By 1954, Linda Brown had passed the age of being able to attend Monroe Elementary. Ironically, Topeka’s junior high schools had been desegregated without any court action since 1941 and Topeka High had not been segregated since its opening in 1871. The Kansas Jim Crow laws only permitted segregation “below the high school level”.

Linda Brown and friends a decade on

Linda Brown is on the left in this photo of her and three other plaintiffs in her case, taken in 1964 on the 10th anniversary of Brown v Board of Education.

Other black Americans from the Civil Rights era became far better known than Linda Brown. The year after Brown v Board of Education, Rosa Parks refused to stand up for a white passenger on a bus in Montgomery Alabama and was arrested. Martin Luther King took up her cause and the Civil Rights Movement was on the road, shattering white America’s post-war calm and featuring such monumental events as the 1963 March on Washington and King’s “I have a dream” speech, one of the most powerful orations in the English language.

But I hope it is never forgotten that Linda Brown, a little girl from Topeka Kansas, began it all. I find it sad that, unlike civil rights peers such as Rosa Parks, she does not even have her own page in Wikipedia and is mentioned only four times, almost in passing, in the exhaustive Wikipedia article on Brown v Board of Education. Her adult life was rarely in the public eye. She featured in news items on the 10th anniversary of her case, and in a 1985 television documentary. She was a talented pianist, I learned from the little published information about her life. She taught children to play piano at the Topeka church she attended. There has been no movie about her, no best-selling book, no television series. Perhaps with her death, her importance to the shaping of modern America — and because of that, the world — will be given the recognition it deserves.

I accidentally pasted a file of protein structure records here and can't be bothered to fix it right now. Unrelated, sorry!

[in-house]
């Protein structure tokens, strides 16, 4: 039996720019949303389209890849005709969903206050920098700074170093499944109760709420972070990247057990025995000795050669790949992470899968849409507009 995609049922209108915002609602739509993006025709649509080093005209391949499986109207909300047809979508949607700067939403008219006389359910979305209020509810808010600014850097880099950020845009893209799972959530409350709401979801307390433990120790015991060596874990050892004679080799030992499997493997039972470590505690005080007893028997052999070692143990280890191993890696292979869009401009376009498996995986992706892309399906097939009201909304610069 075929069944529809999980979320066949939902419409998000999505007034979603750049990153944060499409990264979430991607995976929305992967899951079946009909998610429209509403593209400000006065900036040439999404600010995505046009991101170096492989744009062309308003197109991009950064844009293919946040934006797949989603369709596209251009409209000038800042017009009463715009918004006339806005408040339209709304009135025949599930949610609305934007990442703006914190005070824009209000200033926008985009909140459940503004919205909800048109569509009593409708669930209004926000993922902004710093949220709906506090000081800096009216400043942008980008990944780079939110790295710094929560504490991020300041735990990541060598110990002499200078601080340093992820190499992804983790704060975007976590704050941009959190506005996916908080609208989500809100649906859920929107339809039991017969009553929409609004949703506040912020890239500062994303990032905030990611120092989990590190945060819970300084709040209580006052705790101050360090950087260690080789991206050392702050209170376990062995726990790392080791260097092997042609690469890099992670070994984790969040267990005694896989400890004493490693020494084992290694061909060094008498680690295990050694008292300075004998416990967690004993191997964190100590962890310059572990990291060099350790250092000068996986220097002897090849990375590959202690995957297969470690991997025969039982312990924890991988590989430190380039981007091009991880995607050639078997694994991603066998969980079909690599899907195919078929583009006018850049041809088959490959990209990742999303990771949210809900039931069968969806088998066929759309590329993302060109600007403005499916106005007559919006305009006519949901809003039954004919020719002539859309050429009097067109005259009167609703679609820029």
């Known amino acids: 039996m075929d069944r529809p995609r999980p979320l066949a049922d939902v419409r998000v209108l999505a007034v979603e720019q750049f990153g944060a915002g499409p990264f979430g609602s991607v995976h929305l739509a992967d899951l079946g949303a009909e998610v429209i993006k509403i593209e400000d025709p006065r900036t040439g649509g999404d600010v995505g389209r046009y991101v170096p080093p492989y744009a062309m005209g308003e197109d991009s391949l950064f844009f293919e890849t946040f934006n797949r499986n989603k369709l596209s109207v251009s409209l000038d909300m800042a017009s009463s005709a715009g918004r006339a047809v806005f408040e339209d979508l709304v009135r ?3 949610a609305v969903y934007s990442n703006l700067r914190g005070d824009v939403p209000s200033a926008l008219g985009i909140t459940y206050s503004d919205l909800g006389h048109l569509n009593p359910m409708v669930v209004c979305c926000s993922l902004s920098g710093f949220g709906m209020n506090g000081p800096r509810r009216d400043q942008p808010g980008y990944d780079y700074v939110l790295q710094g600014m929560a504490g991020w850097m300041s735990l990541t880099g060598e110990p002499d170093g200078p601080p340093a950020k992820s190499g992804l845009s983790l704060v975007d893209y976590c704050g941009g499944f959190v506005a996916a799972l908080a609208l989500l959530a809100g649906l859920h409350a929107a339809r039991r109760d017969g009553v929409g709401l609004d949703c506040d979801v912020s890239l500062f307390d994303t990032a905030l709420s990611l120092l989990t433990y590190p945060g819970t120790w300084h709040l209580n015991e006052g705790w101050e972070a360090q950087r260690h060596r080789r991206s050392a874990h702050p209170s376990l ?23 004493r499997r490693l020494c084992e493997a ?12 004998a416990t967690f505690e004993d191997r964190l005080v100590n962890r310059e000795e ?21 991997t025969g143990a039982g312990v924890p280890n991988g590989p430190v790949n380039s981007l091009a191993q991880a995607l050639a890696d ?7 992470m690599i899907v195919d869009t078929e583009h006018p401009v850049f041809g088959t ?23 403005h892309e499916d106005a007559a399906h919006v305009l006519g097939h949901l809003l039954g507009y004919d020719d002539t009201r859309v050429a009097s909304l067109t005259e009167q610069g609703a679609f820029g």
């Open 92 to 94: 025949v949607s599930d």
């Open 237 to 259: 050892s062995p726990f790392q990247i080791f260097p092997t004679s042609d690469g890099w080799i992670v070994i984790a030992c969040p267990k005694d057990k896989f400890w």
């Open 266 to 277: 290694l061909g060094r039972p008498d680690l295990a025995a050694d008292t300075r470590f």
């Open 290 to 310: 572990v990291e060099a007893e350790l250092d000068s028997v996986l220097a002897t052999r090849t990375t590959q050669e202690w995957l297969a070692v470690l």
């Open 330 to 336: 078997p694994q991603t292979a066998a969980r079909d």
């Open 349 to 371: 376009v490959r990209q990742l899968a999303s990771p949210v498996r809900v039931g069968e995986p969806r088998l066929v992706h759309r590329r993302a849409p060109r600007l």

News media · Public affairs · Reviews

Golden age of newspapers recalled in The Post, a film that could not be set today

Every journalist brought up admiring Woodward and Bernstein will be seeing The Post, though of course, this film is set (just) before Watergate, and features Washington Post publisher Katherine Graham (Meryl Streep) and editor Ben Bradlee (Tom Hanks) rather than America’s most famous reporting duo.

The film is about an important footnote to America’s war in Vietnam, the 1971 newspaper scoop-publication of the so-called Pentagon Papers, a secret Defense Department true history of successive American government machinations in that hopeless war. The documents were leaked first to the New York Times, and then the Washington Post, by military analyst Daniel Ellsberg, whose pyschiatrist’s office was later infamously burgled by Richard Nixon’s “plumbers” (the leak-fixers behind the 1972 burglary of the Democratic National Committee offices in Washington DC’s Watergate complex).

Hanks and Streep play Bradlee and Graham much as I remember them from books and their reputation at the time, as being the stubborn newspaper editor wanting to bring his “small-town” paper to national prominence, and the proud establishment proprietor of a family firm.  Their close working relationship and the challenge that taking on the power of the state means for both the company’s finances and freedom to publish is the heart of this film. The film also references Bradlee’s close relationship with John F Kennedy (they met every week till his death) and Lyndon Johnson, which had given the Post the whiff of being a Democratic Party mouthpiece, accusations still thrown by conservatives against America’s traditional liberal newspapers.

But what leapt from the screen for me was the film’s stunningly accurate recreation of the newspaper world I began working in in the late-1970s and which is now long gone; the clattering typewriters, the rows of chain-smoking reporters yelling into telephones at their paper-piled desks under fluorescent lights, the Lamson (pneumatic) tubes that whooshed canisters holding the paper pages of typewritten stories from the news desk to the printers down below; and above all, the clanking ancient Linotype machines that cast newspaper stories (yes, type-cast!) line by line in hot lead for fitting in the big metal page frames from which printing plates were made. And, oh what an experience, the rumble and shaking of the whole building as the huge presses built up speed to thunder out tens of thousands of thick, inky newspapers an hour.

Hanks Post linotypeTom Hanks as Ben Bradlee, posed beside a Linotype machine.